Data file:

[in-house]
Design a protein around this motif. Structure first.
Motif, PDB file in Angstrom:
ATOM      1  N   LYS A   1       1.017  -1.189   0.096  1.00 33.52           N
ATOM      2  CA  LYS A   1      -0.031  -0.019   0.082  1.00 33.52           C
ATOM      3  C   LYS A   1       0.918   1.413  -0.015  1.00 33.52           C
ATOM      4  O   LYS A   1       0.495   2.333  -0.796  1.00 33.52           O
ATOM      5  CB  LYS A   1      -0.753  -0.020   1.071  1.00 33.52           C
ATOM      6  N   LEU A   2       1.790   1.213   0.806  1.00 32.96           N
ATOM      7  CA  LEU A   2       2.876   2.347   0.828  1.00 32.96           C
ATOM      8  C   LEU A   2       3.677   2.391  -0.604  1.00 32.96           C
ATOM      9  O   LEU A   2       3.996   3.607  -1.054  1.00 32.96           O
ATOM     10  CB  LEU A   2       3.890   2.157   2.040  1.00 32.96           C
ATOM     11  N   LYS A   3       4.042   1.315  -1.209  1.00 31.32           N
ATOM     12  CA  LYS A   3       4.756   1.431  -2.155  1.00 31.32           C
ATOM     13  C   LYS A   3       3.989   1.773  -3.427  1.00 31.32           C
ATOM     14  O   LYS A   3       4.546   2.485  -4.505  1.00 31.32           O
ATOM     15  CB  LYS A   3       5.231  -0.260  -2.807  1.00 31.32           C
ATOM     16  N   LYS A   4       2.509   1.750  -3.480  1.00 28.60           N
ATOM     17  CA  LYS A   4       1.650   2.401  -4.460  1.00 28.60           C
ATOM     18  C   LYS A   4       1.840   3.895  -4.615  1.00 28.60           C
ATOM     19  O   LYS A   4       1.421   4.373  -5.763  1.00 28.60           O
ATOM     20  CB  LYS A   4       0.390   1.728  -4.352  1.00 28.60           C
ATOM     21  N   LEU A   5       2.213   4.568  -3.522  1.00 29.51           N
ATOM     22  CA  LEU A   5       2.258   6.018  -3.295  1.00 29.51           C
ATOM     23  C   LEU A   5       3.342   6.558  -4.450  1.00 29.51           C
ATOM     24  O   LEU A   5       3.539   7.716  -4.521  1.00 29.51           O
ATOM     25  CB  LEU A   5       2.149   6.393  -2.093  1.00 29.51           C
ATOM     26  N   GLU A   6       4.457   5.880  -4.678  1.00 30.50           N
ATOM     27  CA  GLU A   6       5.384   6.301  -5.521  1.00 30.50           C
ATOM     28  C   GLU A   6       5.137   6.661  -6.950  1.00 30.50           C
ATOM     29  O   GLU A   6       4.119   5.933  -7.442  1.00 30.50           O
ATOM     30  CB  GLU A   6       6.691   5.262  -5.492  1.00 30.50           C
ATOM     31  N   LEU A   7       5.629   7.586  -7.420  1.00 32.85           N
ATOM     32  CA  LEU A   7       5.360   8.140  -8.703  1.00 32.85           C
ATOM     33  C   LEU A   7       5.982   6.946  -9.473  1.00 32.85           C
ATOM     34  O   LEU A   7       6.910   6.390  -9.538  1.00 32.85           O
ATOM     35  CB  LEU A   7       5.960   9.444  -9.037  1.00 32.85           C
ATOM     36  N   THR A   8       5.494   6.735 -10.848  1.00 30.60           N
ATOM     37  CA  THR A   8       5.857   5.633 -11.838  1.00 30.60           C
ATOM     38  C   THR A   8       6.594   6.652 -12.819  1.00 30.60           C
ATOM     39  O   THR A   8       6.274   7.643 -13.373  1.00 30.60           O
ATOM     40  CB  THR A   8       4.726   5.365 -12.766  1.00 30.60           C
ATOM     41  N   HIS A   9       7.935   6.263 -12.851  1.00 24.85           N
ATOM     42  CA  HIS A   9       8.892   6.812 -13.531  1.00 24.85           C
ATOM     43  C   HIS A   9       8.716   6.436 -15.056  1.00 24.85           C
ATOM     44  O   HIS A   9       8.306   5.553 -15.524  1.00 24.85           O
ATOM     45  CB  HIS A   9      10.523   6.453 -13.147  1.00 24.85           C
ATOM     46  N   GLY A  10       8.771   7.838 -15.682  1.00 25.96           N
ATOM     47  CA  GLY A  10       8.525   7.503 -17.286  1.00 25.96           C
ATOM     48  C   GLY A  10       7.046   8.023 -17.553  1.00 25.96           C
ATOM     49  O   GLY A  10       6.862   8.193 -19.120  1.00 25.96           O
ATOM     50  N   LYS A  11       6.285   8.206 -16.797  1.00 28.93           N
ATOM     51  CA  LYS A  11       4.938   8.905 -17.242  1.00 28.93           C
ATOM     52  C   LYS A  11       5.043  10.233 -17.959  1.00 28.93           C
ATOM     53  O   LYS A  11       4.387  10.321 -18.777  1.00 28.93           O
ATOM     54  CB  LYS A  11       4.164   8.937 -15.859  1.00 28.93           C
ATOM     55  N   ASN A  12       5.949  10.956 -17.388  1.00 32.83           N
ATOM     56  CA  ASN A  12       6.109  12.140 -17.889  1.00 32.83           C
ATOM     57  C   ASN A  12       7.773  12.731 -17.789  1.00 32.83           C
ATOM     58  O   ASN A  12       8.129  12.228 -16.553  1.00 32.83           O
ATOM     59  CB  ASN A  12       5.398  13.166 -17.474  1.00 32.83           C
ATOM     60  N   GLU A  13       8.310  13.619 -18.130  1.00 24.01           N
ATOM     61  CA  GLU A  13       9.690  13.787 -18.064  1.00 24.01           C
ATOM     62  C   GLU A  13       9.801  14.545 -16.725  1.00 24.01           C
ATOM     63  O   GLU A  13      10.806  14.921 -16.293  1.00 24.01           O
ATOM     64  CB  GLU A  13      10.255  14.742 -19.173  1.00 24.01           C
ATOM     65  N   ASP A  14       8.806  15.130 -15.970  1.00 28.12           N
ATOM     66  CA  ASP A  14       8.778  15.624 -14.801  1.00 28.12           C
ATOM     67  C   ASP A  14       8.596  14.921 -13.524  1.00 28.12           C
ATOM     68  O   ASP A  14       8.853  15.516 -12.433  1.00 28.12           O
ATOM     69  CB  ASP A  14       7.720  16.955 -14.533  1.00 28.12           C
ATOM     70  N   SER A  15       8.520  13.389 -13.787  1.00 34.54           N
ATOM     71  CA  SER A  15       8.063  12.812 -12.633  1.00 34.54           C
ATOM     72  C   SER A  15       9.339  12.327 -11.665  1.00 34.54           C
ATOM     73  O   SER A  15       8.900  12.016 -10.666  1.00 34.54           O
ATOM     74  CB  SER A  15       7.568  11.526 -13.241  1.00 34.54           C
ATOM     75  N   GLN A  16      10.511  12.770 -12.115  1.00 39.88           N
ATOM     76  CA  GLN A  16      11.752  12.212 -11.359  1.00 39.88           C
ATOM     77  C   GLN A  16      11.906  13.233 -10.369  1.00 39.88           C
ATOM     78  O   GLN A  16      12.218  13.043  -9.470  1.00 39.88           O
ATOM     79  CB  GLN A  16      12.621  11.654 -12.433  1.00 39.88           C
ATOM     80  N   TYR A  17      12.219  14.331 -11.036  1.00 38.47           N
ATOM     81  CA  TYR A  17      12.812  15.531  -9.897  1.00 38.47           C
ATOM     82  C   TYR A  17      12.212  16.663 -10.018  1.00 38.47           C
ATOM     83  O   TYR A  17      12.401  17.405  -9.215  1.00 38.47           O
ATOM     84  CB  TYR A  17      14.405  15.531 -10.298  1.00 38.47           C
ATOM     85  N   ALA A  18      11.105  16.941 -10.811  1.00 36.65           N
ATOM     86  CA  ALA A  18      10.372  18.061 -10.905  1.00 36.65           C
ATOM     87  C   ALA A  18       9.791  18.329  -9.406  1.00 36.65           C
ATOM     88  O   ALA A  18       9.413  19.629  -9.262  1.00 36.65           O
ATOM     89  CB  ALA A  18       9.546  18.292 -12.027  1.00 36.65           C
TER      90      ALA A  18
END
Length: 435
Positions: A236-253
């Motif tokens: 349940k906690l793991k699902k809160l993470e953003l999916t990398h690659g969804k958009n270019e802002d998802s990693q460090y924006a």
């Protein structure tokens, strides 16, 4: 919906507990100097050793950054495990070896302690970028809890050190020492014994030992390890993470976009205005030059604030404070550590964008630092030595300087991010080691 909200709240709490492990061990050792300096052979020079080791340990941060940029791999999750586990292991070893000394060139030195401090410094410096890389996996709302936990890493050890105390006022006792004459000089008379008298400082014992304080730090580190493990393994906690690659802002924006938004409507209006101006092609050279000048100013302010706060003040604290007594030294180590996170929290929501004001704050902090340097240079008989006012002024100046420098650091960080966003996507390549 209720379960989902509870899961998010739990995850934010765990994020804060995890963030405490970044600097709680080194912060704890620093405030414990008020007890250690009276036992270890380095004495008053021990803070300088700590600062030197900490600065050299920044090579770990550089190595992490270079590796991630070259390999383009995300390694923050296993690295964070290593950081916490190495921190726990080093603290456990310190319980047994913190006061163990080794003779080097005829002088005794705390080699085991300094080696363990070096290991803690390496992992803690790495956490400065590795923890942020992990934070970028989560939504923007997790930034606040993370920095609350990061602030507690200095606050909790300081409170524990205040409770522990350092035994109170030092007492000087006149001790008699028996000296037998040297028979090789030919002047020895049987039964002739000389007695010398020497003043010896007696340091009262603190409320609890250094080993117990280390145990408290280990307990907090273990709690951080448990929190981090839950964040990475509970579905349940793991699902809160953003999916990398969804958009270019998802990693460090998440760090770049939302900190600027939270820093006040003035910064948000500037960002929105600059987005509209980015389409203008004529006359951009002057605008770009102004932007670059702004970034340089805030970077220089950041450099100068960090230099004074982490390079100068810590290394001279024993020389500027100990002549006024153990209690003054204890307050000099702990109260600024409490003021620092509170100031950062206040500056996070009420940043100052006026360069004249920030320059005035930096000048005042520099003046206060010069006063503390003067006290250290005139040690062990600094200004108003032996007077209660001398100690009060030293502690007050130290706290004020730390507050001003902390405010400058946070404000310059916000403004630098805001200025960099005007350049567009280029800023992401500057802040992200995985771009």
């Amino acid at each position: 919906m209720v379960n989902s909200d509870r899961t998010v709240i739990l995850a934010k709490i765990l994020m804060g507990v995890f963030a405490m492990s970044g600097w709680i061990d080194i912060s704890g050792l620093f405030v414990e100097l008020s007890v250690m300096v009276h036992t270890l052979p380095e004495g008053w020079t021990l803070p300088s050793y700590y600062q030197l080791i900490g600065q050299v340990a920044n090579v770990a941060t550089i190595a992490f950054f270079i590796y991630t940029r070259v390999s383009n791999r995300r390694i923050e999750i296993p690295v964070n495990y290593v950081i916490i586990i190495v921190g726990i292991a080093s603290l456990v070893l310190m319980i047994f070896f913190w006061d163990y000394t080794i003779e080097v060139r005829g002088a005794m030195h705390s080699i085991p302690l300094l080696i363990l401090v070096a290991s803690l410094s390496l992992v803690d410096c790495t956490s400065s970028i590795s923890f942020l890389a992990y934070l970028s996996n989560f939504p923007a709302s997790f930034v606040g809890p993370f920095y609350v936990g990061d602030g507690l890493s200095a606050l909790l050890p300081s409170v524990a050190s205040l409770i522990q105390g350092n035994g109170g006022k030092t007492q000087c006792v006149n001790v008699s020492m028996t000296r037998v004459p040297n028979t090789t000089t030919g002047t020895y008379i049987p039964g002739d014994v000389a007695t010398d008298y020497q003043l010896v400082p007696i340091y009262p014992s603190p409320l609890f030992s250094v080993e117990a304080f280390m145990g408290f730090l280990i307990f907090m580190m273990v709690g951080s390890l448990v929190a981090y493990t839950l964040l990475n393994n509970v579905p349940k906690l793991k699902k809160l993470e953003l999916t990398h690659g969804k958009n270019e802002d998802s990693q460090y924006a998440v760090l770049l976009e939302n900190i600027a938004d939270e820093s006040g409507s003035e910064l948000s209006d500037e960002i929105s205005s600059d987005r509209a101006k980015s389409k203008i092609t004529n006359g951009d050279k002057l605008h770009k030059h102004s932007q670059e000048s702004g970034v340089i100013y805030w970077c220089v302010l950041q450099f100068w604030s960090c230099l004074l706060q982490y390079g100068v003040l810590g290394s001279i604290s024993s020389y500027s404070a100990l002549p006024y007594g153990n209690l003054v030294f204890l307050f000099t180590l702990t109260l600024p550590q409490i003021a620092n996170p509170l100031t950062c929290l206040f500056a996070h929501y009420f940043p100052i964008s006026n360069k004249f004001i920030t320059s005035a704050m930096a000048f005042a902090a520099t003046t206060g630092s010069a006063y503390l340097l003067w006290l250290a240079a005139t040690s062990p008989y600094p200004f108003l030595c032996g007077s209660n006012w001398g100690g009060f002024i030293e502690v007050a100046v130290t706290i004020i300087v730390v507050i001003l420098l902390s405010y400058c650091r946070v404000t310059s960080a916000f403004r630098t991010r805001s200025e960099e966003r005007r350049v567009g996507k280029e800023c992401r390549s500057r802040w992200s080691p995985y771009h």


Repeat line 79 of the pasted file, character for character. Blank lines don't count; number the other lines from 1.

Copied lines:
ATOM     76  CA  GLN A  16      11.752  12.212 -11.359  1.00 39.88           C